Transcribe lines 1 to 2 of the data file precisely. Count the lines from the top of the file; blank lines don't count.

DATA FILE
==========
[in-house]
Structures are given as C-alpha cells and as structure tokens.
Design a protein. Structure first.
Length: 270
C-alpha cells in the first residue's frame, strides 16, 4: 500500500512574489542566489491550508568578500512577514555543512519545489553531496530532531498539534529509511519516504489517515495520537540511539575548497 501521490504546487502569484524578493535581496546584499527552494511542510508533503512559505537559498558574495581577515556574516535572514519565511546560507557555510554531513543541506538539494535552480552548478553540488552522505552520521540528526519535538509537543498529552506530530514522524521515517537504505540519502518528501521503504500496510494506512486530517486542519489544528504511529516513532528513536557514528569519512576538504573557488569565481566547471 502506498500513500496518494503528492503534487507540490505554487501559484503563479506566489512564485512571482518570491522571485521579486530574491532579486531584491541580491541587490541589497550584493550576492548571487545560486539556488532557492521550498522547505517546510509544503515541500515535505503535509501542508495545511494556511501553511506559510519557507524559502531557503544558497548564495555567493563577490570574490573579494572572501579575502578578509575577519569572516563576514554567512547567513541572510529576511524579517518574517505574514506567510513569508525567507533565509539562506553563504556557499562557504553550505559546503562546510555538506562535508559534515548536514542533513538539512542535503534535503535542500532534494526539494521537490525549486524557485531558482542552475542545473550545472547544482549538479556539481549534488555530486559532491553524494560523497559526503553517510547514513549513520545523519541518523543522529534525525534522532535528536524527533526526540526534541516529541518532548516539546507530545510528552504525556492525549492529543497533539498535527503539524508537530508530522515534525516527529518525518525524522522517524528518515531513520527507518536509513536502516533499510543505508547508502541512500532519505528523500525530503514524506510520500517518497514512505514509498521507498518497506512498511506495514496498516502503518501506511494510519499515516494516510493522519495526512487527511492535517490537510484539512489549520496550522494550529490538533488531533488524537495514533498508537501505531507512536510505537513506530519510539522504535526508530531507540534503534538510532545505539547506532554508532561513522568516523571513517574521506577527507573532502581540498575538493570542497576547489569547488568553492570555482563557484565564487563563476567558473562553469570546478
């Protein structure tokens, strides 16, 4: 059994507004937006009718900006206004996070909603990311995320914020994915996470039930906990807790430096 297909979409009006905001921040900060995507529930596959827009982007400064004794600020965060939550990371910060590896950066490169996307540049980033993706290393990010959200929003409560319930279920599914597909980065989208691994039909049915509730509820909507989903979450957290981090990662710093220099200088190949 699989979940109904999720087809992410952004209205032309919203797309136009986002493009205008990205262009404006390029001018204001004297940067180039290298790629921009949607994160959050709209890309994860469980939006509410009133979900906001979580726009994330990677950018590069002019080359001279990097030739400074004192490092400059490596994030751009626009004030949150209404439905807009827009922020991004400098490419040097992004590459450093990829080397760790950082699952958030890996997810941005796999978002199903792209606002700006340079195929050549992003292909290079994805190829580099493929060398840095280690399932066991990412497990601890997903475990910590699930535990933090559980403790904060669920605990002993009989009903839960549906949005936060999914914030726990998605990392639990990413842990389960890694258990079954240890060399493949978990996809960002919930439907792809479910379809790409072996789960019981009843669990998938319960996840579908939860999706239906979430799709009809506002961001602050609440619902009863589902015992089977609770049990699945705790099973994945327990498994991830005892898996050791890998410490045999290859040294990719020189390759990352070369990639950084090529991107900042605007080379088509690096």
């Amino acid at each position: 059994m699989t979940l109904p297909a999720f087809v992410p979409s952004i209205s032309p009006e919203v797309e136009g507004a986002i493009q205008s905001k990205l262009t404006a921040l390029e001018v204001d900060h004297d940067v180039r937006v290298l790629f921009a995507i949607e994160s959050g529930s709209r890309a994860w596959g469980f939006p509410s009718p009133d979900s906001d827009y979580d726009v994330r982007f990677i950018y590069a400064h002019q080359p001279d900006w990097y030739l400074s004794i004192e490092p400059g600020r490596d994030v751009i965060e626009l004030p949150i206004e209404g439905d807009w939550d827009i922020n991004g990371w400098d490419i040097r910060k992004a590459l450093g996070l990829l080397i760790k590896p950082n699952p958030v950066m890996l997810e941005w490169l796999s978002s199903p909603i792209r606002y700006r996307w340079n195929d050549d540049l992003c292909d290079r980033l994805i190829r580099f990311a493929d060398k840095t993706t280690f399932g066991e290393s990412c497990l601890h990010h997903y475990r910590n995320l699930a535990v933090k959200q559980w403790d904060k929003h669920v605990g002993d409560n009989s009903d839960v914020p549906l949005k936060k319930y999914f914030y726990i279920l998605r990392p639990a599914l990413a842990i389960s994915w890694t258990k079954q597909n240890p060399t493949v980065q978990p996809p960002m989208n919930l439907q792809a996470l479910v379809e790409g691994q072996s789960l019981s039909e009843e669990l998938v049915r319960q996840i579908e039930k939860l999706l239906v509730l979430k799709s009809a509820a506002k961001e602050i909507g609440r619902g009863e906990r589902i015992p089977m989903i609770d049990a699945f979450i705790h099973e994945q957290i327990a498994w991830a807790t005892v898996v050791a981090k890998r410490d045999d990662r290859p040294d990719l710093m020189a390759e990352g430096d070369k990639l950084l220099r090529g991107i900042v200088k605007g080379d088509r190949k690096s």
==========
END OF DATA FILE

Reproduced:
[in-house]
Structures are given as C-alpha cells and as structure tokens.